A panel of career advisers experts counseled job seekers and students yesterday on how to find jobs in educational policy and research.
State Sen. Michael J. Barrett '70 joined a job consultant and faculty at the Kennedy School of Government and the School of Education in addressing more than 50 people in Longfellow Hall.
The panel emphasized the need for job applicants to take risks, keep career options open and capitalize on individual skills.
As an employer who often hires people in educational policy, Barrett discouraged job-seekers from presenting themselves as dogmatic and inflexible.
"I want someone who can play with ideas," said Barrett, who represents Cambridge. "If you don't understand that there are two sides to every single issue, I can't use you."
Ellen S. Raphael, a policy and strategic planning consultant suggests applicants should not fear "breaking new ground in new territory."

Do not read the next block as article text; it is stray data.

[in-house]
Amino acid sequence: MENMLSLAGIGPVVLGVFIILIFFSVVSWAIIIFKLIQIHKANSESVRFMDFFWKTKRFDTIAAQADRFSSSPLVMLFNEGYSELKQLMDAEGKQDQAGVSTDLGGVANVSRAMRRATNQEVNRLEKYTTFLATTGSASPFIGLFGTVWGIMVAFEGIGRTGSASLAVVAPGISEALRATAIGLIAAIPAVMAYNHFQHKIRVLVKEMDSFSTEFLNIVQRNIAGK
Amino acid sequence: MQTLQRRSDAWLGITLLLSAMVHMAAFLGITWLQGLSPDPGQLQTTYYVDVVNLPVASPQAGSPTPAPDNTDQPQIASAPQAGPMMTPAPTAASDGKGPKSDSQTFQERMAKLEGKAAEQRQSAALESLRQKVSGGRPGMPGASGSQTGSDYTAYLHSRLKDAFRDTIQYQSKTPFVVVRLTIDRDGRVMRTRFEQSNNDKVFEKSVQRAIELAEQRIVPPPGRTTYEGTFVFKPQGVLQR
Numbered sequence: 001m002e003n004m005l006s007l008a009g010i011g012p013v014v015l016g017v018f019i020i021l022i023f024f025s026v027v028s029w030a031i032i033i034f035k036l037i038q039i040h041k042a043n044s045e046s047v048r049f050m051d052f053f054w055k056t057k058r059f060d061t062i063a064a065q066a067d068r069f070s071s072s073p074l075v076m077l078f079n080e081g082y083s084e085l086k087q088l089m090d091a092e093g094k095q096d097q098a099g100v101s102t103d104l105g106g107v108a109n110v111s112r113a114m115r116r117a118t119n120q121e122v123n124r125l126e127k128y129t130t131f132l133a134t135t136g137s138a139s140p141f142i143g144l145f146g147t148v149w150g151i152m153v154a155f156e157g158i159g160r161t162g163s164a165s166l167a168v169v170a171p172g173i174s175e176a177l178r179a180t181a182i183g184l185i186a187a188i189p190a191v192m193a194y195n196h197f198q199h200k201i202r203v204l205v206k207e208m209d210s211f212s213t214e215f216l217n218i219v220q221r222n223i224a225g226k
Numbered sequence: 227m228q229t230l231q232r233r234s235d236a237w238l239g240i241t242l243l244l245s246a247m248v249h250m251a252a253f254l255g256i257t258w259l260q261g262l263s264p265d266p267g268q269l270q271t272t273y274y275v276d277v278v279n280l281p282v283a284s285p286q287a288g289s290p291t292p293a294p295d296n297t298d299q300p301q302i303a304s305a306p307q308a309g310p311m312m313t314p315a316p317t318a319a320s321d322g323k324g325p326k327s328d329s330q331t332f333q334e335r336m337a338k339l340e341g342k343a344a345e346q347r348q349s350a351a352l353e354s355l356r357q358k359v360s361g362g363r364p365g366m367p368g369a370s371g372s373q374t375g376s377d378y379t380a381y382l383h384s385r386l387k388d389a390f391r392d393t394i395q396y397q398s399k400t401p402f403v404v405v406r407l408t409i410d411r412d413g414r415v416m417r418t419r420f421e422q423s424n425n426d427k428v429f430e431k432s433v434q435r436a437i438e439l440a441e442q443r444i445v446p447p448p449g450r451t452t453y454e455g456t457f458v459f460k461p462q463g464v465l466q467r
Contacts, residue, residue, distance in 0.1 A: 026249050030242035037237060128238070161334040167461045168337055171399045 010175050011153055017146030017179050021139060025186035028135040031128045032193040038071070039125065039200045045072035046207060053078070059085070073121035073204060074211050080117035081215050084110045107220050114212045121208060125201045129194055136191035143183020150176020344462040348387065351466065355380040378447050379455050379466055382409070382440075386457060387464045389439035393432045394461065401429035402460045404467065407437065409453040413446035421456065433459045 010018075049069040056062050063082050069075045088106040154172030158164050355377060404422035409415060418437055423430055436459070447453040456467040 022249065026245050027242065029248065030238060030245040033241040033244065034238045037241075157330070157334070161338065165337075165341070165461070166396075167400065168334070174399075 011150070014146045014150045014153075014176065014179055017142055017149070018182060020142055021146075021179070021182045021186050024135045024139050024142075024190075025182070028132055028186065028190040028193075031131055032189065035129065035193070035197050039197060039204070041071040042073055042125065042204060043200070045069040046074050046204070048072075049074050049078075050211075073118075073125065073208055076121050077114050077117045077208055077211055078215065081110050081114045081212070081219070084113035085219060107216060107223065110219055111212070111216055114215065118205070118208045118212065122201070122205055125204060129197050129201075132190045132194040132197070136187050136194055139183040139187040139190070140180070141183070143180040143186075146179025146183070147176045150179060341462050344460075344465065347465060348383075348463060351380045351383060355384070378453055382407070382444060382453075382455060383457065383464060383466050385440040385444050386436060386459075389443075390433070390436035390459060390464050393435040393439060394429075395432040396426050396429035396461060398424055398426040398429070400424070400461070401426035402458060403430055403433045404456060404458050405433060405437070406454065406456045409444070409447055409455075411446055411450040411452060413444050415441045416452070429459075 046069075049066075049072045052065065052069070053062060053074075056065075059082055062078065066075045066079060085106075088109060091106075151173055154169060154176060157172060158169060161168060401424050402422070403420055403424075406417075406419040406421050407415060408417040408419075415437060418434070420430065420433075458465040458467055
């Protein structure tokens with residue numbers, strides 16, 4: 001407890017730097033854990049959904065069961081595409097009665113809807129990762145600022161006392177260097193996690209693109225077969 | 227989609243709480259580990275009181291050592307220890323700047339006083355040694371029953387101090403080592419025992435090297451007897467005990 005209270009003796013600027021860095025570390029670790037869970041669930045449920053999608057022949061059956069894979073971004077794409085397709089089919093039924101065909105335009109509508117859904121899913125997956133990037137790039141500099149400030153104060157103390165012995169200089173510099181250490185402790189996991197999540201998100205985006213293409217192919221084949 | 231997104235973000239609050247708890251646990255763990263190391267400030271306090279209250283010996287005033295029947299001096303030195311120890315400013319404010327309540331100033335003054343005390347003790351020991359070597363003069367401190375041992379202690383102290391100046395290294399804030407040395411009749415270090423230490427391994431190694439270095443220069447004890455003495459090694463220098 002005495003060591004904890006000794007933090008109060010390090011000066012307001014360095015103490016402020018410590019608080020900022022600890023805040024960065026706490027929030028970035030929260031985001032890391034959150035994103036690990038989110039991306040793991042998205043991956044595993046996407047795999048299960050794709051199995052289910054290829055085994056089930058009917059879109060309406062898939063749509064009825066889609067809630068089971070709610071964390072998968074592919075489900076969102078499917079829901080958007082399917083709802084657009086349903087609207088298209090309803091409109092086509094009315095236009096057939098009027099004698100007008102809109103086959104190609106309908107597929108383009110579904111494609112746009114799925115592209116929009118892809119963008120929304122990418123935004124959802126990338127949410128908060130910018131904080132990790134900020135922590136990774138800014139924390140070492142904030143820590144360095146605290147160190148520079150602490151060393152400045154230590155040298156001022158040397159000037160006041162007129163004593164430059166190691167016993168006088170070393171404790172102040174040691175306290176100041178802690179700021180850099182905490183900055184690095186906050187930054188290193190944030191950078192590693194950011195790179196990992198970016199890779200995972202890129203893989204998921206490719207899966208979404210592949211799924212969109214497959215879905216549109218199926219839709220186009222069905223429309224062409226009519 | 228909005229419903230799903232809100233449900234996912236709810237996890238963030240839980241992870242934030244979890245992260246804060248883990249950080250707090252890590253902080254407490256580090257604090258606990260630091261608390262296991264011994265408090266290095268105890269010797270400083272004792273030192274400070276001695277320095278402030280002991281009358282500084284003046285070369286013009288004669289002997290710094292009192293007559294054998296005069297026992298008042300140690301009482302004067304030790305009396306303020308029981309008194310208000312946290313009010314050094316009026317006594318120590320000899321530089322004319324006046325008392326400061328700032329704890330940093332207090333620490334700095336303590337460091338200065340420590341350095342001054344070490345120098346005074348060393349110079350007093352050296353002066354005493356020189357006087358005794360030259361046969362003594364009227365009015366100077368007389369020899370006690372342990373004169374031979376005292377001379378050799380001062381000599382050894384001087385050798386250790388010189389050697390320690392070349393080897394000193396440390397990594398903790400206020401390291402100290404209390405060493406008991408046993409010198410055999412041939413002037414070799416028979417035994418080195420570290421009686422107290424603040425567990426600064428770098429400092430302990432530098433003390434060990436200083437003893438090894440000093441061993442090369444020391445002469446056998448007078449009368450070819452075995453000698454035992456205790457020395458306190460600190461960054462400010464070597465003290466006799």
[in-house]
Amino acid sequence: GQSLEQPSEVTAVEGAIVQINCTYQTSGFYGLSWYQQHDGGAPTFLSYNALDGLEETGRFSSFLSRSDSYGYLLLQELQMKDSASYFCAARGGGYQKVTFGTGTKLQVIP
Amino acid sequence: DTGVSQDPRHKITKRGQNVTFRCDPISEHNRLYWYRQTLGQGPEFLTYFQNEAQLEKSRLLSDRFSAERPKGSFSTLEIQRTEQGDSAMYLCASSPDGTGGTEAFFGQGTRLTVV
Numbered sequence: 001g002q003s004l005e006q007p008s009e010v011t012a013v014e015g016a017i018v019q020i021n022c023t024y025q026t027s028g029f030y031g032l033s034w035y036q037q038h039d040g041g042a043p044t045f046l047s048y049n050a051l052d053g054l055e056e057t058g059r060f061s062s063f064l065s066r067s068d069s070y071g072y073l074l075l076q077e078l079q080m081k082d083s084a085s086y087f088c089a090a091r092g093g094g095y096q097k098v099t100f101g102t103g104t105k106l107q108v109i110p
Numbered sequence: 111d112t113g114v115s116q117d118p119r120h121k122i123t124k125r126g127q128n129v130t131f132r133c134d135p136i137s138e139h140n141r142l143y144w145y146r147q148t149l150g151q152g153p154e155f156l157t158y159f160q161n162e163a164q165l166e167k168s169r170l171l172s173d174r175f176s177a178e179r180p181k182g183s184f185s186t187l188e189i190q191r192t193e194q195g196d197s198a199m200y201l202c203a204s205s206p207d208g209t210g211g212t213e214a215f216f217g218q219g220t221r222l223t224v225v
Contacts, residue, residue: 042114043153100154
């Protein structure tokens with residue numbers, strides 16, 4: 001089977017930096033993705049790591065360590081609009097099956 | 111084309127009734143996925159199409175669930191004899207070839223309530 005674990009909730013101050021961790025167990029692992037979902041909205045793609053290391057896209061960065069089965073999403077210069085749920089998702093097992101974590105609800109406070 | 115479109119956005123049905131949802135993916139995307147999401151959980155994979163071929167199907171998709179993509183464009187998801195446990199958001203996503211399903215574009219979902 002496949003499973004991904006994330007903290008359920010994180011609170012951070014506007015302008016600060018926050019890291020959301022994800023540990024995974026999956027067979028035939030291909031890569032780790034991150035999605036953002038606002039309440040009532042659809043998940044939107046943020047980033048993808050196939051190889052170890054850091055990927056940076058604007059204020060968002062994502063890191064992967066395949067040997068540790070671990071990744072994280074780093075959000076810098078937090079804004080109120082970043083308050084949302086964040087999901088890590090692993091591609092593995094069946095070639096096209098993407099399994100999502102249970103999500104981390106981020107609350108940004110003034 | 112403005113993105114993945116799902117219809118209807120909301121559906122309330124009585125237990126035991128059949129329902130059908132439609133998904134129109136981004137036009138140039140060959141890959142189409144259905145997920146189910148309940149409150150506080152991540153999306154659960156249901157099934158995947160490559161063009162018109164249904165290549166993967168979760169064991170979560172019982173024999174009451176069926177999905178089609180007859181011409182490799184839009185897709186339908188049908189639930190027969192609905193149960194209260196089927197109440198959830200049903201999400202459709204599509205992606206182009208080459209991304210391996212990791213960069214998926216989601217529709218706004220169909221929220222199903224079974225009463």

"That's what makes leadership," she said. Raphael also encouraged job seekers to utilize their professors and other resources.
"You've got an incredible wealth of people you can draw on and you have to take advantage of that," Raphael said.
Richard F. Elmore, Chair of the Administration Planning and Social Policy Department at the School of Education, said most applicants already have the "basic generic skills" that employers seek.
"One of the secrets of having a successful career is [being] capable of capitalizing on your skills," Elmore said.
Tom Loveless, assistant professor of Public Policy at the Kennedy School, rounded out the panel.
The presentation was co-sponsored by the Kennedy School and School of Education.